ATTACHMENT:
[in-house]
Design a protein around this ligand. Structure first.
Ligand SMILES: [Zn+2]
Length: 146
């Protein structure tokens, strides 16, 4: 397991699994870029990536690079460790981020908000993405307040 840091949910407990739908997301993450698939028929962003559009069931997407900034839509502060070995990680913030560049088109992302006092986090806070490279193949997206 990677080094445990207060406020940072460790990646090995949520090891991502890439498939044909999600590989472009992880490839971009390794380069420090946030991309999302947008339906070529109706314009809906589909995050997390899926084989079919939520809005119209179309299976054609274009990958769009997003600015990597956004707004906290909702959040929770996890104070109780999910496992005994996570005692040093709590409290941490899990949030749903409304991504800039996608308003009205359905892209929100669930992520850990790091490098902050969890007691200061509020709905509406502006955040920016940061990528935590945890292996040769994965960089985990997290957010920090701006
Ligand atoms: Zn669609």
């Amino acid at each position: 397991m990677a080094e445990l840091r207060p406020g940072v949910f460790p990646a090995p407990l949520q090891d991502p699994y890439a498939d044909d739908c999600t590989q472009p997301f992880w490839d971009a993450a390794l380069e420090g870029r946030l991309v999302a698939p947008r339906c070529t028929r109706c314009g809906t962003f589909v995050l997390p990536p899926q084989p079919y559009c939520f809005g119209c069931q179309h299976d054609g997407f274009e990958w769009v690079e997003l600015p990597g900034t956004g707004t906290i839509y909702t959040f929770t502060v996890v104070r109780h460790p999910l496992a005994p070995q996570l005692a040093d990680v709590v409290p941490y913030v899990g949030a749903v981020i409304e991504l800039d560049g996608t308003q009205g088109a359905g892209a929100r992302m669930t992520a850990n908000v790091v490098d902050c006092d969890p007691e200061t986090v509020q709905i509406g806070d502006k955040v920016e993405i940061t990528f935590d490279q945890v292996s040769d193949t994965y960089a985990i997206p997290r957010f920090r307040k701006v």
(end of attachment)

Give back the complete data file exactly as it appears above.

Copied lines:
[in-house]
Design a protein around this ligand. Structure first.
Ligand SMILES: [Zn+2]
Length: 146
């Protein structure tokens, strides 16, 4: 397991699994870029990536690079460790981020908000993405307040 840091949910407990739908997301993450698939028929962003559009069931997407900034839509502060070995990680913030560049088109992302006092986090806070490279193949997206 990677080094445990207060406020940072460790990646090995949520090891991502890439498939044909999600590989472009992880490839971009390794380069420090946030991309999302947008339906070529109706314009809906589909995050997390899926084989079919939520809005119209179309299976054609274009990958769009997003600015990597956004707004906290909702959040929770996890104070109780999910496992005994996570005692040093709590409290941490899990949030749903409304991504800039996608308003009205359905892209929100669930992520850990790091490098902050969890007691200061509020709905509406502006955040920016940061990528935590945890292996040769994965960089985990997290957010920090701006
Ligand atoms: Zn669609």
């Amino acid at each position: 397991m990677a080094e445990l840091r207060p406020g940072v949910f460790p990646a090995p407990l949520q090891d991502p699994y890439a498939d044909d739908c999600t590989q472009p997301f992880w490839d971009a993450a390794l380069e420090g870029r946030l991309v999302a698939p947008r339906c070529t028929r109706c314009g809906t962003f589909v995050l997390p990536p899926q084989p079919y559009c939520f809005g119209c069931q179309h299976d054609g997407f274009e990958w769009v690079e997003l600015p990597g900034t956004g707004t906290i839509y909702t959040f929770t502060v996890v104070r109780h460790p999910l496992a005994p070995q996570l005692a040093d990680v709590v409290p941490y913030v899990g949030a749903v981020i409304e991504l800039d560049g996608t308003q009205g088109a359905g892209a929100r992302m669930t992520a850990n908000v790091v490098d902050c006092d969890p007691e200061t986090v509020q709905i509406g806070d502006k955040v920016e993405i940061t990528f935590d490279q945890v292996s040769d193949t994965y960089a985990i997206p997290r957010f920090r307040k701006v």